Get real with HP Diagnostics and HP RUM

Guest post by Ketty Agiga, HP Software Engineering

 

Applications are often required to communicate with back-end servers; get the status of a user’s bank account, receive updates from friends, or post a new picture to a blog. Slowdowns in this communication impact your end users, but those slowdowns can’t always be traced to a backend issue.  There are various other factors which can affect application response times—network load, client type, location, user request sequence, etc , . Identifying slow response times and pinpointing the problem area is the first step in improving performance. It is also the first step to make your users happy.

 

Client Monitoring provides a real end-user perspective on application health. As users interact with your applications, performance and exception data is collected from all users’ browsers in near real time.

 

In this blog post I want to discuss the procedure of integrating HP Real User Monitor Client Monitoring (RUM CM) with HP Diagnostics for a nice and easy solution that saves the time of manual JavaScript injection into the relevant pages of the application.

 

  RUM CM and Diagnostics provide complementary perspectives for isolating performance issues:

 

  • RUM CM provides visualization of the end user experience across different dimensions such as locations, actions, external domains, errors, user groups, and so forth
  • Once an end user problem is detected, Diagnostics can provide contextual drilldown and additional information to further investigate server side issues.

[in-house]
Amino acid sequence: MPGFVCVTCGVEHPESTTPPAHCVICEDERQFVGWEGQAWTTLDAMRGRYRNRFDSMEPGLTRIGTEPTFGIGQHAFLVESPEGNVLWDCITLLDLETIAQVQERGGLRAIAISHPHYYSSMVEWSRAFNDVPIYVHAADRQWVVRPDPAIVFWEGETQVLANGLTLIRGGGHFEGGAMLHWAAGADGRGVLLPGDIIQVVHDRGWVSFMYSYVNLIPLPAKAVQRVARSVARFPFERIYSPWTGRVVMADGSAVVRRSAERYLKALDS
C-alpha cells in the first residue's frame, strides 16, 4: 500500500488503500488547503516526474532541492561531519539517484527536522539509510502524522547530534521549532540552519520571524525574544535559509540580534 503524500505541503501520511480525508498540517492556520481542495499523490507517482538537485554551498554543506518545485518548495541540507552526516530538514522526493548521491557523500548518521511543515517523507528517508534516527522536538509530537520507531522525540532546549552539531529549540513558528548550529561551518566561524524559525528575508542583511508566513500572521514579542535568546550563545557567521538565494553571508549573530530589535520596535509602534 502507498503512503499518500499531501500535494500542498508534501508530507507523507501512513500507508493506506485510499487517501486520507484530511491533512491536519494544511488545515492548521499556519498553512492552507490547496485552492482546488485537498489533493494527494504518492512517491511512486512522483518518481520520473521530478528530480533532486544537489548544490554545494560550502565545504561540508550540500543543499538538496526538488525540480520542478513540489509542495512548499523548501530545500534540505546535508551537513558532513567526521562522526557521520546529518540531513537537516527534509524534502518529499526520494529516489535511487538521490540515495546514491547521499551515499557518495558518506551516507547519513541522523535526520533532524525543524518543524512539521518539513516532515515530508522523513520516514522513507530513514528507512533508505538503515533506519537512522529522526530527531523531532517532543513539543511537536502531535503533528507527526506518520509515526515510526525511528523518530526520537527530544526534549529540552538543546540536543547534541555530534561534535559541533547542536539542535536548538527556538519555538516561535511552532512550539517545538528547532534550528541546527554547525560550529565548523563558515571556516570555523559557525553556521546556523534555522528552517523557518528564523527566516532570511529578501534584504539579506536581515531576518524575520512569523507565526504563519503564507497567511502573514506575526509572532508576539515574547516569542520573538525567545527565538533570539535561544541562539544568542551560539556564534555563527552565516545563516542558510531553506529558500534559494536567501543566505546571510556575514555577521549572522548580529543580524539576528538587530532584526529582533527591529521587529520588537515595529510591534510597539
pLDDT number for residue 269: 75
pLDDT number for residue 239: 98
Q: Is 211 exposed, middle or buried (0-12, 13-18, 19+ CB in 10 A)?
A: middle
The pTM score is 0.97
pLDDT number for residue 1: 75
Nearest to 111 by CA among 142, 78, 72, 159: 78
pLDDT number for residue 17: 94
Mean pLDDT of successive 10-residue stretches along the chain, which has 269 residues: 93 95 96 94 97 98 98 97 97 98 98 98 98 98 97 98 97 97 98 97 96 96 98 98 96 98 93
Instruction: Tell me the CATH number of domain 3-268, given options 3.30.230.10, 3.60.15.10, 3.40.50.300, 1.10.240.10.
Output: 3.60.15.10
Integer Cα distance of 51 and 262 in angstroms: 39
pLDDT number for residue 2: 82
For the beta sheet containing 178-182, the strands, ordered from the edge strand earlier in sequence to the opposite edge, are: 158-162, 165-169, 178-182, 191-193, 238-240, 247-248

In the following procedure I will explain how the integration works and show its main benefits.

 

Architecture

 RUM Architecture.png

                       

 How does CM collect data?

 

Client Monitoring works by injecting JavaScript (clientmon.js) into the relevant pages of your application. Note that the JS would be injected to JSP pages automatically thanks to Diagnostics probe capabilities. For non-JSP pages (e.g. static HTML files) you’ll need to add the JS manually. As users are interacting with the application in the browser, the end user performance and exception metrics are captured and sent to RUM Client Monitor probe. The communication is tagged such that the backend activities could be automatically correlated with the end user requests. This allows you to drill down from a RUM report to a Diagnostics report and keep the same context.

 

To learn more see Diagnostics and RUM Integration guide (HP passport login required)

 

 

Outcome: View RUM-Diagnostics Monitored Data

 

Here is an example of RUM Report which displays Session Details of a monitored web application

 

 RUM 2.png

 

To isolate performance issues we can Drill Down into the Session Details and further on into the Diagnostics details to see the specific Server Request down to the call stack.

 

 RUM 3.png

 

 

 

 RUM 4.png

 

 

Last note: 

In this blog post I presented the ability to combine RUM Client Monitoring with Diagnostics. Pairing those two products together provides end to end view of application performance from the end user to the backend.

 

If you would like more information on Diagnostics and RUM CM, here is some additional information:

 

 

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